TORONTO – A Ziploc bag filled with $5 worth of tools to save newborn babies’ lives in third world countries. A vaccine for smokers to help counter nicotine’s addictive effects. And even using Skype so Canadian doctors can walk their counterparts in Ghana through surgeries.
Those are just a handful of made-in-Canada ideas that are transforming global health care.
On Monday, Grand Challenges Canada poured $10.9 million in seed money funding to 102 ideas scientists are working on in health care innovation.
Grand Challenges Canada is funded by the federal government and its grant program helps pay for research in developing ways to treat diseases in the developing world.
The ideas are far-reaching, with each of the 102 proposals receiving $100,000 each to flesh out their projects. Forty-three Canadian teams received grants – their findings could be implemented worldwide.
Global News took a look at six made-in-Canada proposals:
Doctors at the Hospital for Sick Children in Toronto say a handful of items that fit inside a large Ziploc bag could help save newborns in poor regions where neonatal death rates can be 10 times higher than in Canada.
A simple set of tools could hold the keys to saving their lives: a mylar blanket and non-electric heating pads to keep babies warm, antiseptic lotion to apply to the umbilical stump to guard from infection, a sunflower seed-based moisturizer to keep skin healthy, and stickers that change colour to warn mothers if their babies’ temperature drops. Sterilized scissors and a mat are also provided to help with the birthing process.
The doctors are headed to remote communities in Pakistan where the kits will be doled out to local health care workers.
If you’re trying to quit smoking, scientists at Health Sciences North in Sudbury, Ont. have your interests in mind. There, researchers are working on an intranasal vaccine – the treatment is supposed to turn nicotine into a compound that forces the immune system to create antibodies that block nicotine from reaching the brain. The smoker, in turn, doesn’t experience the feel good high from nicotine and may crave less. The proposal suggests that if successful, it could save thousands of lives each year.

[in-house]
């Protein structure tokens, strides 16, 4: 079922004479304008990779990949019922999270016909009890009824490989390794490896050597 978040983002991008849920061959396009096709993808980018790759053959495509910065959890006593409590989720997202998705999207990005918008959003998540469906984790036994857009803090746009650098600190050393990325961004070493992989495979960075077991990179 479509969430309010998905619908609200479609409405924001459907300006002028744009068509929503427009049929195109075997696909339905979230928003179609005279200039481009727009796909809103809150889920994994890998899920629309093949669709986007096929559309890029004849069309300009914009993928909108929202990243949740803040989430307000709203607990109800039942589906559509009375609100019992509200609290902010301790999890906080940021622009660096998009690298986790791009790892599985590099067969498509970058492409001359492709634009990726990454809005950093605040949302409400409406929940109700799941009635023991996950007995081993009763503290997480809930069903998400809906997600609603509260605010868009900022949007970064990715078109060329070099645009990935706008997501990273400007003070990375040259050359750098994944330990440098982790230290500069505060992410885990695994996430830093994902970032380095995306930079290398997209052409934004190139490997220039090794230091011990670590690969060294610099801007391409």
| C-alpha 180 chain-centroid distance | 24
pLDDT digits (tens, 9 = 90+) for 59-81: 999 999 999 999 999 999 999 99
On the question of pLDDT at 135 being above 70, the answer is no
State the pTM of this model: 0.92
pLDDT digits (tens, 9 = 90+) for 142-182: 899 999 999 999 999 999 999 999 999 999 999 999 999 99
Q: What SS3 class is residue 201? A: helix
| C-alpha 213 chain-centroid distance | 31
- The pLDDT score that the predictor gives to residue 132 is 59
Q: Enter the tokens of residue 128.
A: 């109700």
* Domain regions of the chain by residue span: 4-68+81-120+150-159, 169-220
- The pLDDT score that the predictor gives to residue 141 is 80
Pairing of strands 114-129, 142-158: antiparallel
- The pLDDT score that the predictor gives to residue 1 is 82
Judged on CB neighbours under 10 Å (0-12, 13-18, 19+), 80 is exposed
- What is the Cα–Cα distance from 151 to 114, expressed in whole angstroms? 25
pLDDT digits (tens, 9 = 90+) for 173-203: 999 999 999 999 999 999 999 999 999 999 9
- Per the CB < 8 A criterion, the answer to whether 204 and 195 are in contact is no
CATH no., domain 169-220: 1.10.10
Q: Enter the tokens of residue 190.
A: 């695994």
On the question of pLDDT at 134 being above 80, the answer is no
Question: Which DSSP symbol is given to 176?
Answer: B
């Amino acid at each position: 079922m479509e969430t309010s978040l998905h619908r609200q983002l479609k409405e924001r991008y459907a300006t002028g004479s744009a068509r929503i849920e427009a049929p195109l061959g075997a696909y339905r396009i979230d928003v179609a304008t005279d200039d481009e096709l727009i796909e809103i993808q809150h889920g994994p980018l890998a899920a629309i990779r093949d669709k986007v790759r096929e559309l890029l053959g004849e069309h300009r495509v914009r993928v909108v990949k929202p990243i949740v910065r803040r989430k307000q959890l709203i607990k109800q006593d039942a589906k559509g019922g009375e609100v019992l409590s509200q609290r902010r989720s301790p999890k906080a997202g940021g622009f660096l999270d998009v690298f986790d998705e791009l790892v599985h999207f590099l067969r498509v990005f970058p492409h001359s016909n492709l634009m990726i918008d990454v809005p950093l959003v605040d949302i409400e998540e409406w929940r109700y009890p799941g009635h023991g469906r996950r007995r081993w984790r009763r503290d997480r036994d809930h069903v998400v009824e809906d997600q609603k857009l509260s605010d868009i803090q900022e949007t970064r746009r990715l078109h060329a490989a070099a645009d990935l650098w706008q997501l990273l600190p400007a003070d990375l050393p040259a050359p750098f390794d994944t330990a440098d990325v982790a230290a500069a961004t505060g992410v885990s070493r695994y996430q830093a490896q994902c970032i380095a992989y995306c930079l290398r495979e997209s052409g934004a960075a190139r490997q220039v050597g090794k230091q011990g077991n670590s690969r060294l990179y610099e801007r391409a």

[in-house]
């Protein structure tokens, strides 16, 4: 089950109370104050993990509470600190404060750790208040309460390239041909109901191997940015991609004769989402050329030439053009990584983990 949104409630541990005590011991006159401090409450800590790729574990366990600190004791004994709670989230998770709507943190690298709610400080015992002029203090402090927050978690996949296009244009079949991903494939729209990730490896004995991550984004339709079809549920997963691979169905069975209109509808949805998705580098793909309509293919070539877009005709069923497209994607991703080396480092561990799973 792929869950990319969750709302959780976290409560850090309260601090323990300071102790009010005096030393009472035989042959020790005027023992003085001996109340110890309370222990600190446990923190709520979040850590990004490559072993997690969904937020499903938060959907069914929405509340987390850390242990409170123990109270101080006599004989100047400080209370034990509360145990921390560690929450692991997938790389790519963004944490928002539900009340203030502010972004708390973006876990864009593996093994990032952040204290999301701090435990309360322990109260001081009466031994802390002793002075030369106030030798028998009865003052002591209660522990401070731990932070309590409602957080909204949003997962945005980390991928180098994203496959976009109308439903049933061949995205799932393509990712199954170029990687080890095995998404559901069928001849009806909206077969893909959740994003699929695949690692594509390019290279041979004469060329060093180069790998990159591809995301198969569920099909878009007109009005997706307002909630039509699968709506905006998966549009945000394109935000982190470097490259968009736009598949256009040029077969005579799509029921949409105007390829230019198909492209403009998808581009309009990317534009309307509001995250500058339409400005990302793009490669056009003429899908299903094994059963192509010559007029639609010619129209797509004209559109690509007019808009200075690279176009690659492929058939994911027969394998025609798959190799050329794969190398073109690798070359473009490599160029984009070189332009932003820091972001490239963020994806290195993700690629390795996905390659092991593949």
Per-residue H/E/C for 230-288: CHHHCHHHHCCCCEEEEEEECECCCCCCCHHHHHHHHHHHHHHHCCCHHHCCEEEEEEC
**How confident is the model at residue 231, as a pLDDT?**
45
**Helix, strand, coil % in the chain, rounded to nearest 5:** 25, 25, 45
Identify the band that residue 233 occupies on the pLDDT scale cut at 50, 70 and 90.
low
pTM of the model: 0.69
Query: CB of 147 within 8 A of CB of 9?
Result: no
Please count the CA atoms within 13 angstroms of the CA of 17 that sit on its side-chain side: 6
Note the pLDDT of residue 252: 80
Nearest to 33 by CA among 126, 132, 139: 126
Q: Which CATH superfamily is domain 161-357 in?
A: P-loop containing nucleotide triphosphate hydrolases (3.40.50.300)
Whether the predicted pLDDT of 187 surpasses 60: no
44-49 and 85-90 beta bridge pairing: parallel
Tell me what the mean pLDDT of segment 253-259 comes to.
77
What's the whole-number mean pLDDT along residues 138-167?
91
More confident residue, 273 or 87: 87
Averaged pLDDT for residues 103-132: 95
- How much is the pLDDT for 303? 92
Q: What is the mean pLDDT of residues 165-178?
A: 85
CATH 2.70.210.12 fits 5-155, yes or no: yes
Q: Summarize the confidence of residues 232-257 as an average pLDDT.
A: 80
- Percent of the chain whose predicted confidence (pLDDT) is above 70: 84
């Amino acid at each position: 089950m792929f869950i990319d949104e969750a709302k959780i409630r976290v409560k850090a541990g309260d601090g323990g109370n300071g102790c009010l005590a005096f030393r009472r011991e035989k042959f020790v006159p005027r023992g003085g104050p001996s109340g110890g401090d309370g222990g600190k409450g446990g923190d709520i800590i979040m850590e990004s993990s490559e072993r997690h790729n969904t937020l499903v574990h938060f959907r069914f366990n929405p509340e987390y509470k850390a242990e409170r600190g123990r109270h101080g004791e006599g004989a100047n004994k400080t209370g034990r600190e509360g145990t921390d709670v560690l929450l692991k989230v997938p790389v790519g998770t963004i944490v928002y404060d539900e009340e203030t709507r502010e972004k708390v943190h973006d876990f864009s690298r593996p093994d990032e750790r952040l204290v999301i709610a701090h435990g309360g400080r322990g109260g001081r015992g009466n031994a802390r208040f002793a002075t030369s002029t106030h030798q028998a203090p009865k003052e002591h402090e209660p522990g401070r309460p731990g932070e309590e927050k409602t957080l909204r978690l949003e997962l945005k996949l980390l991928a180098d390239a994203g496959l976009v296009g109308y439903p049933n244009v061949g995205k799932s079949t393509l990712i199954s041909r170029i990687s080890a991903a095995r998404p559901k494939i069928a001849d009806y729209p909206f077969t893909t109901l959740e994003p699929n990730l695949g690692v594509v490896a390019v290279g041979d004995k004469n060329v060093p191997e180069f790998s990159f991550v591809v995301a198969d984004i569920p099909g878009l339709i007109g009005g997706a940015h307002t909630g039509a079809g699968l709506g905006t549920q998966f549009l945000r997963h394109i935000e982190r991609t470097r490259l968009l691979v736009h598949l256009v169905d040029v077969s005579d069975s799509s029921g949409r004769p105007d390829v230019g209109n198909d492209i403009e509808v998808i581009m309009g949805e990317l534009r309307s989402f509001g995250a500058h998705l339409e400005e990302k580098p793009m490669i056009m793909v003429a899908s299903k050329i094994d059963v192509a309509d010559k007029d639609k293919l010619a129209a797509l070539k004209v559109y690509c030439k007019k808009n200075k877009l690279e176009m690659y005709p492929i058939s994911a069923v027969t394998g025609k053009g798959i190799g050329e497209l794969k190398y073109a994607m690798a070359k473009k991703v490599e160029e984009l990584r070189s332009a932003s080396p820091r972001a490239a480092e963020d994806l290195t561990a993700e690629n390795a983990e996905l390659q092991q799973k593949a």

The research is headed to Vietnam next year for laboratory tests. That country has one of the highest smoking rates in the world.
About one in 500 children in Africa suffer from a condition called infant hydrocephalus – cerebral spinal fluid builds up in the skull, and can be fatal in the first years of life.
It’s easily treated with surgery but that’s difficult to access in some parts of the world. In some cases, only 10 per cent of kids receive treatment.
University Health Network scientists at Toronto Western Hospital hope to bring “virtual reality” simulators to Ghana: using the Internet and Skype, an expert can walk trainees through different procedures and techniques, and the pair can collaborate, providing corrections and advice.
Systems, such as NeuroTouch, already exist in Canada with networks of teaching hospitals using the platforms to train surgeons from across the country and even into 10 other countries.
Diabetics already use hand-held devices to check their blood sugar levels. A scientist and his team at Simon Fraser University in British Columbia hope to take the technology to the next step, offering simple tools to help health care workers determine which antibiotics can treat a baby’s case of diarrhea. The condition is a leading cause of death in the developing world.
Testing used to rely on blood samples sent to the lab, which makes for a lengthy process. The proposal suggests the “lab on a chip” could take tiny fluid samples to be inserted into sensors for analysis, according to the Vancouver Sun.
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Those with diabetes even have smart phone apps and add-ons for their daily blood glucose monitoring. The goal is to have the same interest to diagnose other conditions and to ensure doctors in remote areas have easy to use tools in their practice.
Researchers at the Children’s Hospital of Eastern Ontario created their own hearing diagnostic tests they’re hoping will make a difference in Africa and other parts of the world. The test is fun, accurate and inexpensive, its creators say. In 2008, the World Health Organization estimated that 664 million people have a hearing impairment, with 80 per cent in low to middle income countries.
The developers of the interactive hearing test say the point of care diagnostic tool can be used on iPads or cell phones. With WiFi, doctors in Canada can even treat patients from around the world. Kids as young as three years old can even self diagnose with the test.
University of Toronto scientists have a novel solution to fighting cholera, typhoid and other water-bourne diseases that plague developing countries. They’re working on “engineering” bacterias that live in our intestinal tracts and are programmed to activate and destroy certain pathogens that make their way into our bodies. Sitting in the gut, the engineered bacteria can even make sure they don’t overpopulate.
© Shaw Media, 2013